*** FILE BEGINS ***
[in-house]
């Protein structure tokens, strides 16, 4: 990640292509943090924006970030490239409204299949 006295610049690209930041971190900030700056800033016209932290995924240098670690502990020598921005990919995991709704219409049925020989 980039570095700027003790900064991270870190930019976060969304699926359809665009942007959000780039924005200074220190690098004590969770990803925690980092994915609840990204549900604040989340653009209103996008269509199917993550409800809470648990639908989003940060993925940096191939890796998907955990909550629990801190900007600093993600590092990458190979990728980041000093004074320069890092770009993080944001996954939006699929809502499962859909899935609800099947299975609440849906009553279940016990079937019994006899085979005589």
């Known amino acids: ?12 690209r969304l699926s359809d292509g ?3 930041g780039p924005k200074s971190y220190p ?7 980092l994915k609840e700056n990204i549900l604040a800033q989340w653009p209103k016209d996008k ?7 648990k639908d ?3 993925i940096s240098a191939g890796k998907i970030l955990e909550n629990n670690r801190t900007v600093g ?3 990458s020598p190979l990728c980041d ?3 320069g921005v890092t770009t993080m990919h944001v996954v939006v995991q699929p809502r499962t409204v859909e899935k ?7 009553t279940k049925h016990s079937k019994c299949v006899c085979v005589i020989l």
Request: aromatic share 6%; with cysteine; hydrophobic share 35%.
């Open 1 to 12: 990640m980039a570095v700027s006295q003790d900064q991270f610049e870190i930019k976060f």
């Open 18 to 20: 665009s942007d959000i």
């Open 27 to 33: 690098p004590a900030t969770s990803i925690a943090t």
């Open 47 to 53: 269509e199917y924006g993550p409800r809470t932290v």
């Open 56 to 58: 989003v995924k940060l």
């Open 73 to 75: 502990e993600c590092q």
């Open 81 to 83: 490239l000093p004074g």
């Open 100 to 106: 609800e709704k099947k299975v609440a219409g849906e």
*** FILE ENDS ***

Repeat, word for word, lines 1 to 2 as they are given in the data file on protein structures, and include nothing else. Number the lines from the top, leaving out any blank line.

[in-house]
């Protein structure tokens, strides 16, 4: 990640292509943090924006970030490239409204299949 006295610049690209930041971190900030700056800033016209932290995924240098670690502990020598921005990919995991709704219409049925020989 980039570095700027003790900064991270870190930019976060969304699926359809665009942007959000780039924005200074220190690098004590969770990803925690980092994915609840990204549900604040989340653009209103996008269509199917993550409800809470648990639908989003940060993925940096191939890796998907955990909550629990801190900007600093993600590092990458190979990728980041000093004074320069890092770009993080944001996954939006699929809502499962859909899935609800099947299975609440849906009553279940016990079937019994006899085979005589």